Just because you’ve got a Facebook Page and Twitter Account doesn’t mean anyone is interested in what you have to say. Or your content is interesting but you feel you aren’t positioning it correctly. Or everything feels a bit “corporate”speak in a “social” space. So I’ve put together four types of social objects for you to play with. Which one do you use most?
A. Definitions in Social Media
Basic stuff I know, but it has to be said so we are all on the same page.
Social Objects are status updates, videos, infographics, discrete pieces of content that can be distributed. If social media is the medium or channel then social object is the content that travels that channel, passed hand to hand, mouth to ear, tweet to retweet, Like to Share. Your conversation calendar is probably full of statistics, and images and videos that you want to distribute via social channels.
Media is mediums (plural). Channels. If you broadcast on social media then you are connecting with your Circulation. If they turn around and discuss it, retweet or share it, then we see Exposure/Reach. The Medium is the Customer. Think C2C channels.
B. Four Types of Status Updates for Social Media Engagement
A quick glance of any Facebook Page would show you these four I think.
1. Testimonial or Statement update
Personally we say “I’m going to the supermarket” or “I’m taking the kids to school” or “I’m having lunch”. No response required. Corporates say “we’re launching a new product”, “our CEO is happy with our end of year results”. No action required. Limited engagement.
2. Q and A or Social Search
Shift “I’m having lunch” into
- What should I have for lunch?
- What are you having for lunch?
- Where’s a good place to go for lunch in Melbourne?
and you will get a different response I think. Try this with your standard business updates – shift them to a question.
Warning: Don’t just stick a “what do you think of that?” “have you seen this cool….?” on the end of every tweet and Facebook Page update. Be wary of “finish this sentence” sort of questions – can be disaster! Make the question timely and relevant.
3. Social or Discussion
On Twitter we use the @name for a reason – to bring that person into the conversation. Simply placing content online does not guarantee discussion -try bringing in relevant people. On Facebook personally we can use +LaurelPapworth and the same works on Google Plus. By naming people “tagging them” they can be pinged with interesting content. Do NOT do this simply to promote e.g. @SilkCharm here’s a special offer you’d love. Because I wouldn’t. But sending someone a report or analytics or an infographic or a newspaper article definitely will build relationships. Generosity. Think Paying it Forward. If you haven’t retweeted someone, answered their question don’t even THINK of sending them a press release and ask them to tweet it. You can @Name thankyou occasionally for good manners!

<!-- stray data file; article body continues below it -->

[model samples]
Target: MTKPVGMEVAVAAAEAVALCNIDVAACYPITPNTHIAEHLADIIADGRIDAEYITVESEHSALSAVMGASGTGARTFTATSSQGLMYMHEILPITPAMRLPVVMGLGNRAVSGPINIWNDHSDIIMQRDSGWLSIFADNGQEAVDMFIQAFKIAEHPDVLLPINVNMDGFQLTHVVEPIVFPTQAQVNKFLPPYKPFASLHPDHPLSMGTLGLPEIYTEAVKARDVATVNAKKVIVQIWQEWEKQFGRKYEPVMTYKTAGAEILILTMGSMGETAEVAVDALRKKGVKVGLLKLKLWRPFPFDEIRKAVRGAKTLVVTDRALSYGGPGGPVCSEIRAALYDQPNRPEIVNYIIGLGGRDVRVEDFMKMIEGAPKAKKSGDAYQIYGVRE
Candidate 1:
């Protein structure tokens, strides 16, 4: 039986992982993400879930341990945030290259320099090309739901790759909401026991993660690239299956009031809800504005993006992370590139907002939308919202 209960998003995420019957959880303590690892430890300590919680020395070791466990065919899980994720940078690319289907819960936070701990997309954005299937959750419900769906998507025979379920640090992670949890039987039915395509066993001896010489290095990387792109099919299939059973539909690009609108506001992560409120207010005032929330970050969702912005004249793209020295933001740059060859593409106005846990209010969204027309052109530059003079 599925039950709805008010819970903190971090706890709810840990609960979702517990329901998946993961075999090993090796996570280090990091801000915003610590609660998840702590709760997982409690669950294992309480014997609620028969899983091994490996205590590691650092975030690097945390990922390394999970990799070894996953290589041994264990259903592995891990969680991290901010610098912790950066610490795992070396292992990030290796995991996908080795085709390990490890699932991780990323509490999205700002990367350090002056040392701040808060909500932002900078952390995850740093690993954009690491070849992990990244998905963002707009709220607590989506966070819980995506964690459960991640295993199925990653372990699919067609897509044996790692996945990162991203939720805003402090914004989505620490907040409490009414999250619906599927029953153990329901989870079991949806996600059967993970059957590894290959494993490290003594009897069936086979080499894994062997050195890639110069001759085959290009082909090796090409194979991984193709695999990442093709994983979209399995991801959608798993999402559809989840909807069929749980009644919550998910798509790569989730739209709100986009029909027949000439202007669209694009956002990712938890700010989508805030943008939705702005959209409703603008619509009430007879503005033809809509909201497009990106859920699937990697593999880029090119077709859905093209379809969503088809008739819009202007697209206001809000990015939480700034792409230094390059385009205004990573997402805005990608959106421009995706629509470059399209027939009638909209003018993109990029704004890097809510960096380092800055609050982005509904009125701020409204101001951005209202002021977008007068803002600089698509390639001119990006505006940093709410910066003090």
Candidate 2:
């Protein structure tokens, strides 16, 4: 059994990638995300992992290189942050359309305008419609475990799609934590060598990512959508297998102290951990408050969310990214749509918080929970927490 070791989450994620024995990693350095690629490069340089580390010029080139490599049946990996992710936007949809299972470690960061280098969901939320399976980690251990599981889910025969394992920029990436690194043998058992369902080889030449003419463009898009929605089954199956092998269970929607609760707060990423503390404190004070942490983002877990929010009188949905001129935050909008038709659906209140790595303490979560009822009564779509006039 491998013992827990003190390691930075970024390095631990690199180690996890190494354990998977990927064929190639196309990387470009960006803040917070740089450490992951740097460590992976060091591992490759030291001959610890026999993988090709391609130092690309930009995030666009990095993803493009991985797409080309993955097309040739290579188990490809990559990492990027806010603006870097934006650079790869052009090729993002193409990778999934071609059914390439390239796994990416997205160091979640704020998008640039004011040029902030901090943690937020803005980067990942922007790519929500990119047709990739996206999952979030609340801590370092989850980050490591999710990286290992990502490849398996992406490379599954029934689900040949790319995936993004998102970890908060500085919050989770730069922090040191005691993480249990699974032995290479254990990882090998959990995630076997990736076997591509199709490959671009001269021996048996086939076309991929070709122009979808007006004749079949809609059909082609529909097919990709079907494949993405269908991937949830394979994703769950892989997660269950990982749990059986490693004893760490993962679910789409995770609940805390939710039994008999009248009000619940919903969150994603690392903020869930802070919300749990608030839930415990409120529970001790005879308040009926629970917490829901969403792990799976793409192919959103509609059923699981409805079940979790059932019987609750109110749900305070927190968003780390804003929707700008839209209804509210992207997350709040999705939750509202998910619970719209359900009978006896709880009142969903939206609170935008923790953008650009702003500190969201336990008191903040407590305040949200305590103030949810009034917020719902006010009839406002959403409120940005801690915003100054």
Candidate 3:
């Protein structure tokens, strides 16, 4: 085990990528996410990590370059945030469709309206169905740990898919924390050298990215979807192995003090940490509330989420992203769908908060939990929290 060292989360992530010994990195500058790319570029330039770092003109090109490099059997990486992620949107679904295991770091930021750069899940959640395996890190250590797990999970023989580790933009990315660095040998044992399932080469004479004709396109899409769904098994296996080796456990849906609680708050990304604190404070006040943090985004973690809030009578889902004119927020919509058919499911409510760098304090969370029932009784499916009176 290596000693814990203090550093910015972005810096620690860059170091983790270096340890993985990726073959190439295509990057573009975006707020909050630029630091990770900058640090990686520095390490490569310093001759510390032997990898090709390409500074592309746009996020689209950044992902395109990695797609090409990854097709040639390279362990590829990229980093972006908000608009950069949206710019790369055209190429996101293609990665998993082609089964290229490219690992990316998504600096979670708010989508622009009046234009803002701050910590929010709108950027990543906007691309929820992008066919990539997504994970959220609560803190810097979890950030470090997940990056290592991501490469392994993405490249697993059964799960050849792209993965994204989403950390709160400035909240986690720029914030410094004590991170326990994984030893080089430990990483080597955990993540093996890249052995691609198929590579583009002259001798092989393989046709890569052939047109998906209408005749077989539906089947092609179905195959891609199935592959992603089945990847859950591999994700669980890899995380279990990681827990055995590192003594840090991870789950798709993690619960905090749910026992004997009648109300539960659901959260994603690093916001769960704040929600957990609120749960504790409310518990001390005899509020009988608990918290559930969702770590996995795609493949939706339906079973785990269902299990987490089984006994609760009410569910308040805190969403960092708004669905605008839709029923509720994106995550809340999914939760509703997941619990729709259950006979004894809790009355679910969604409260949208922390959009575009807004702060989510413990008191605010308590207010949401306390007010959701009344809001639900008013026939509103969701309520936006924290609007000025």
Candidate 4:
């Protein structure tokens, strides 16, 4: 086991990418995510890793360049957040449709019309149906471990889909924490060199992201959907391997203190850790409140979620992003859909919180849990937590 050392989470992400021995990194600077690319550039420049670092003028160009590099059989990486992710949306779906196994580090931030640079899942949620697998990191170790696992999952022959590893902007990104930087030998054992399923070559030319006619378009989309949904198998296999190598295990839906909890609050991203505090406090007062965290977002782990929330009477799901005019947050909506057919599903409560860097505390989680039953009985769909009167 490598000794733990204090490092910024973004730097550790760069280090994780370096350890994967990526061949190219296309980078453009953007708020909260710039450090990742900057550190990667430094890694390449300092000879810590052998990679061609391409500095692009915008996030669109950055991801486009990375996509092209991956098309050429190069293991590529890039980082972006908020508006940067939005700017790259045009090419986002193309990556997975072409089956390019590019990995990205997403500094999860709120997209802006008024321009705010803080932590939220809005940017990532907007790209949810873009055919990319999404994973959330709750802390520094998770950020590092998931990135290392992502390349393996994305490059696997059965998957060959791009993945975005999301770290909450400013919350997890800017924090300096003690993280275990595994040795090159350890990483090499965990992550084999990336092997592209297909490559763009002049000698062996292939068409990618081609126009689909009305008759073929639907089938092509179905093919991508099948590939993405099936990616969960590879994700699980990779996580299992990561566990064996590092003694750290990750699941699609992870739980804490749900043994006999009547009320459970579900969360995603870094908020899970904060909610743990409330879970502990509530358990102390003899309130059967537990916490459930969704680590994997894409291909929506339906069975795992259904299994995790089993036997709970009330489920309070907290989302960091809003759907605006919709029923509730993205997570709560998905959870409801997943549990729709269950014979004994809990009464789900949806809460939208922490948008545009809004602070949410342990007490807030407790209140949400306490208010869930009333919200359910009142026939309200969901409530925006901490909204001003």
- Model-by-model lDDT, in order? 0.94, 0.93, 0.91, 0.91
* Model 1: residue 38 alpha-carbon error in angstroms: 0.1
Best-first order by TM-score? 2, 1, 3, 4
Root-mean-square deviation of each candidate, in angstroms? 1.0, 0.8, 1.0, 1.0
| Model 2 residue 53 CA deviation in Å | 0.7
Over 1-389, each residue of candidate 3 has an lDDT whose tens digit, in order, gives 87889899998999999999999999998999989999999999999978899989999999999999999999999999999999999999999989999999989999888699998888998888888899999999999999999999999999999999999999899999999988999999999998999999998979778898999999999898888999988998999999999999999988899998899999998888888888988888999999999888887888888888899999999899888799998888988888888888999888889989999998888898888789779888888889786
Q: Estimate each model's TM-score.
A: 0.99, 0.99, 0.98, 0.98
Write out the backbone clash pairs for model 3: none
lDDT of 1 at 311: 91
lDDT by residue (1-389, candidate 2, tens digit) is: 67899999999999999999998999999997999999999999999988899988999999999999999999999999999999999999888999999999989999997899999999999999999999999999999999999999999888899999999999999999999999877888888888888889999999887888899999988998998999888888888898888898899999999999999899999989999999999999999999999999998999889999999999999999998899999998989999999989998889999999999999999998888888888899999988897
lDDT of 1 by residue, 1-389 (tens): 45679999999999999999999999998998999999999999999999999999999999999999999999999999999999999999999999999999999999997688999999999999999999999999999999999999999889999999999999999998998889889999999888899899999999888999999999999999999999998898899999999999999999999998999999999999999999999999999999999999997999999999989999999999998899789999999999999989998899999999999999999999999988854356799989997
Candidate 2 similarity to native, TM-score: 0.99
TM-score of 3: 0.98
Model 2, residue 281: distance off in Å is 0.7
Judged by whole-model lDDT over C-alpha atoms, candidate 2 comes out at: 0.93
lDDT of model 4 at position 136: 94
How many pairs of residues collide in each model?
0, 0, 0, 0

WARNING: some senior execs seem to sit on Twitter and just say thankyou to people. That’s not really engagement – none of these 4 types of udpates can sit in isolation. You need all four.
4. Distribution of content -external and internal
A key mechanism of social channels is distribution (not creation) of content. Finding, Filtering and Forwarding (not blogging). Or Discovering, Discussing, Distributing (not creating an original YouTube video).
INTERNAL: sharing something on Facebook, retweeting something on Twitter. In other words, you forward it on the network you are using. Particularly useful is forwarding key influencer material, or client issues. Remember: invest your time in the channels where you customers invest their time. That may or may not mean LinkedIn or Google Plus.
EXTERNAL: sharing something from offsite into the network. Finding an interesting blog post and tweeting the link. Putting up a YouTube video on Facebook. Try and think reciprocal sharing with key social media influencers rather than tweeting your own links ad nauseum.
Be the Magazine, not the Advertisement.
You are a Media company now. Think about magazines – they find content, quotes, articles and publish them and then wrap the promotions around that content. Don’t just stick up “Buy One, Get One Free” offers or “enter our competition” Facebook update. Then you are an advertisement channel, not a content channel.
Internal to facebook and twitter it’s pretty easy to pass on information from your network to your network. Just click “On a Page you manage” then choose the Business Page.
Distribution is the quickest way to build influence and a following – become a news distributor!
Don’t try to fool people. Coles is full of “content” but it looks like ads masquerading as content. e.g.
— Coles Supermarkets (@Coles) April 16, 2013
It links to a Coles site and their own content. If you stick with distributing your own content, you won’t be part of the community. Notice the lonely little bubble in the top left corner? Don’t be that bubble!
Notice that each ripple can be within it’s own network (Facebook or Twitter) but can also jump to another one – what goes up on YouTube can be blogged, tweeted and facebooked.
Your updates should be cross pollinating content from your different streams, and acknowledging social content too. Don’t get ratty if key influencers don’t share your stuff when you don’t share theirs!
I know this stuff is a bit basic for some of you, but go look at the Facebook Pages and Twitter accounts of many Australian businesses and you’ll see it’s all promotion promotion promotion. No conversation diary, no acknowledgement of good content, no recognition of key influencers, no social search and give and take. And that’s disgraceful. Pass this on to a company you think needs to pull their little socks up please?